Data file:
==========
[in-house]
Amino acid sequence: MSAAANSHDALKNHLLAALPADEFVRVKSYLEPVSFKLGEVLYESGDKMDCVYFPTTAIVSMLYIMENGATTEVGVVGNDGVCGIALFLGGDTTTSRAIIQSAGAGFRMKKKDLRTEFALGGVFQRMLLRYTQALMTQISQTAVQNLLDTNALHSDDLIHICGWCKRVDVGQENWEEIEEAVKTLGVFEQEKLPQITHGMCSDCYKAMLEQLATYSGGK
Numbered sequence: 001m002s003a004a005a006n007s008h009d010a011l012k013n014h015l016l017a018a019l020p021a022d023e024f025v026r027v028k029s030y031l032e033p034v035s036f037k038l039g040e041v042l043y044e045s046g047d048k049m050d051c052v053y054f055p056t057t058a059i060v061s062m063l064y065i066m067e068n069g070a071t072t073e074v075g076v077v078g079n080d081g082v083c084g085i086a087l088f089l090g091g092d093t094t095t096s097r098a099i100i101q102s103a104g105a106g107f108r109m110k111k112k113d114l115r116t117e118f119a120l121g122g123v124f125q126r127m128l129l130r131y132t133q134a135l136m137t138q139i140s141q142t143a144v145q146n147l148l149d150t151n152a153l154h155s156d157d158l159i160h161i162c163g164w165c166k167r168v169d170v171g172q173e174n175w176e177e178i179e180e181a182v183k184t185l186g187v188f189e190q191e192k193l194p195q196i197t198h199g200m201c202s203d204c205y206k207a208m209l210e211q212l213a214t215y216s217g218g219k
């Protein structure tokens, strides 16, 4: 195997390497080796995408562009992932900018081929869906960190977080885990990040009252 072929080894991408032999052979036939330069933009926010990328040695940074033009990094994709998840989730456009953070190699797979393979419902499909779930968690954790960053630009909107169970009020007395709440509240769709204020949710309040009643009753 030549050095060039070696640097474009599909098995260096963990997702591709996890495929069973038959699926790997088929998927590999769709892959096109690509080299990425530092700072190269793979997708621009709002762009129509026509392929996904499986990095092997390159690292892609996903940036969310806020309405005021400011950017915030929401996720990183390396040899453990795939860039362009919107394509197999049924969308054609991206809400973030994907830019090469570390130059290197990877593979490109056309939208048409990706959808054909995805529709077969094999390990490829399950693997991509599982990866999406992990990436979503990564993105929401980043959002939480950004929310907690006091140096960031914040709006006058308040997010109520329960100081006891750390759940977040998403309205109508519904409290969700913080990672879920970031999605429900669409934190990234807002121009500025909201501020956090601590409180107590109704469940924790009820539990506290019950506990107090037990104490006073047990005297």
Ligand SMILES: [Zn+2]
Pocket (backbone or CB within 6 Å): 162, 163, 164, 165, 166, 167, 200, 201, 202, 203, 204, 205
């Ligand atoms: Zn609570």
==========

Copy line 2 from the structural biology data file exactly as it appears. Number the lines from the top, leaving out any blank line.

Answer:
Amino acid sequence: MSAAANSHDALKNHLLAALPADEFVRVKSYLEPVSFKLGEVLYESGDKMDCVYFPTTAIVSMLYIMENGATTEVGVVGNDGVCGIALFLGGDTTTSRAIIQSAGAGFRMKKKDLRTEFALGGVFQRMLLRYTQALMTQISQTAVQNLLDTNALHSDDLIHICGWCKRVDVGQENWEEIEEAVKTLGVFEQEKLPQITHGMCSDCYKAMLEQLATYSGGK